Free Energy, the Philadelphia-based band founded by former Hockey Night members Scott Wells and Paul Sprangers, will release their self-titled, James Murphy-produced debut single on July 21 via DFA Records.

The single will be released as a 7” and will be backed by B-Side, ‘Something In Common’,” which is exclusive to the limited editionpressing of 350. ‘Something In Common’ was produced by Eric ‘Babytalk’ Broucek.

With a sound quite at odds with the rest of the DFA roster – there’s pretty much nothing in the way of a disco or post-punk influence – Free Energy are openly indebted to hoary old power-pop-rockers like Tom Petty and Cheap Trip. Their track ‘Dream City’ is still available as a free download – check it out if you haven’t already. Believe it or not, ‘Free Energy’ is even more breezy, radio-friendly and shamelessly optimistic.

Like ‘Free Energy’ and ‘Dream City’, the band’s forthcoming debut album (not likely to come out until 2010) has been produced by LCD Soundsystem‘s James Murphy in New York. It’s undoubtedly Murphy’s mercurial studio touch that makes Free Energy sound so fresh and full-bodied, though that’s not to underestimate the plentiful songwriting talent of Spranger and Wells.

"After [Hockey Night] ended," Sprangers tells Pitchfork, "We just kept going with songs we were workingon, both with Hockey Night and stuff we’d been working on and demo-ingourselves. We just kept working on stuff like we always had.Eventually, James [Murphy] had time to work with us, and we made therecord, still without a name [for the band] or anything. Now we have aband, and we figured out our name as a band just this winter. The bandcame together last fall. It’s been kind of a long, weird stepping-stoneprocess.

"DFA could seewhat we were trying to go for in the demos we sent them. They didn’twant a rickety indie band. We’re trying to do right by our heroes, thebands that are referenced or that we are inspired by.

"DFA could seewhat we were trying to go for in the demos we sent them. They didn’twant a rickety indie band."

Asked which heroes in particular, Wells expands: "Just pretty much what they play on any corporate classic rock stationevery single day. We’re trying to put ourselves against that and judgewhether or not we’re doing a good job. That’s where we fit, at least inour minds. I’m sure that’s not true to other people. We feel like we’redoing stuff, in a way, like what was going on during punk but was stillpop, like the post-glam 70s stuff. Tom Petty, in the face of punk, wasadopting new wave, at least in appearances, but was still kind of doingpop-rock. I guess for us it’s coming out in the opposite direction,starting with punk and then embracing more blues-based rock and roll.Rather than applying punk to classic rock, it’s the opposite.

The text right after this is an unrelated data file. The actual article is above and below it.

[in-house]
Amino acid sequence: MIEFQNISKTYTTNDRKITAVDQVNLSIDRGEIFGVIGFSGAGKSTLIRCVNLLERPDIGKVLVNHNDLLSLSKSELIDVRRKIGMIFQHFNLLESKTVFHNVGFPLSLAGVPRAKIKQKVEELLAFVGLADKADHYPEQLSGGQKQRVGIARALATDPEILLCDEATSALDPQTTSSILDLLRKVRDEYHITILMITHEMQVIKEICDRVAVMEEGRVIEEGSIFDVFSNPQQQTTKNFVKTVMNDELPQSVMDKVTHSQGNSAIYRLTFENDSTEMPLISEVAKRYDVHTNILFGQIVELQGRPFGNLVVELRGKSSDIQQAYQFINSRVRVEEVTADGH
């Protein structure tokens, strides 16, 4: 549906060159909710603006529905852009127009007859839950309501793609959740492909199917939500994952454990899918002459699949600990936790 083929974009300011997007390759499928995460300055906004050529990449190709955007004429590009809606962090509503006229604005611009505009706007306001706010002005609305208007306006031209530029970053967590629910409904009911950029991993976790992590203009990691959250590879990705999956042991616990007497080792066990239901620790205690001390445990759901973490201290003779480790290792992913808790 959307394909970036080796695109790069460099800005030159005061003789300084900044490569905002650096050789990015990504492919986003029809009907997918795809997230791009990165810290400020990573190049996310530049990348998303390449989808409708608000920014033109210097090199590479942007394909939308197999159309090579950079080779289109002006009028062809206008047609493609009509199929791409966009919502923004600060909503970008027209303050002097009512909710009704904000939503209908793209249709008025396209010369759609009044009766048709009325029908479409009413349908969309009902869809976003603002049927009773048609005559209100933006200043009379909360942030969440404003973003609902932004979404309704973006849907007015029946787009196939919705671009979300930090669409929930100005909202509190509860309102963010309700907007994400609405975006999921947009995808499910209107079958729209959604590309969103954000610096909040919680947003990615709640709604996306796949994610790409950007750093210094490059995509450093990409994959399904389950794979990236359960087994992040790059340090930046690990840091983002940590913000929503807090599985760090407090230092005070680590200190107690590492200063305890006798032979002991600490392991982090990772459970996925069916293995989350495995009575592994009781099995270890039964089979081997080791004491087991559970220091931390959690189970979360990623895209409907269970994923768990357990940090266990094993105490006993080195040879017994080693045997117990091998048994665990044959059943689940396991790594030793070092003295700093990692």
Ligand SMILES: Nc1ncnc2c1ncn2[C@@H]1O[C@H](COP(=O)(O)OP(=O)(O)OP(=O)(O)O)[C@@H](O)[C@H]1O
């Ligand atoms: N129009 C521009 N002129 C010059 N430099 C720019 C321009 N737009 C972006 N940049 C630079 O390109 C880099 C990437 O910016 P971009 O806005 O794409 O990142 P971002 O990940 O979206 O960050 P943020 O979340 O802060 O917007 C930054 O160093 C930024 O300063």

"[DFA Records] have a pretty devoted fan base for their disco-ystuff," says Sprangers when asked about DFA’s seemingly unusual decision to sign Free Energy. "It might be weird, but they have aspirations to be a label thatjust puts out music they like, like Island or Virgin in the 70s. Ithink they were sad to lose Black Dice because that filled kind of acertain niche in there, outside of the dance stuff. They’ve beenputting out some stuff that I don’t know if anybody really paidattention to. They put out Prinzhorn Dance School, which is postpunk. And they totally hear what we’re doing.

What about working with James Murphy?

"It was really fun. It was nice to be able to trust him to geteverything locked down, to trust that the drums were going to soundgreat. We would just work on the bass until it was locked in. He wasreally inspiring and goofy, and he would just keep pushing if we wereever a little self-conscious about something being too goofy or poppyor whatever. It was nice to have a person who would step in and make uscomfortable. He helped us clean up. We tend to overdo stuff, likeover-harmonize, add too many guitar harmonies or too many vocalharmonies and just kind of dilute stuff, make it to difficult to listento. So he was good for being like, "Pick a melody, pick a line, and doit right. That’ll be it. If need be, we’ll come back to it later." That was nice, that discipline."

You can read the full interview here



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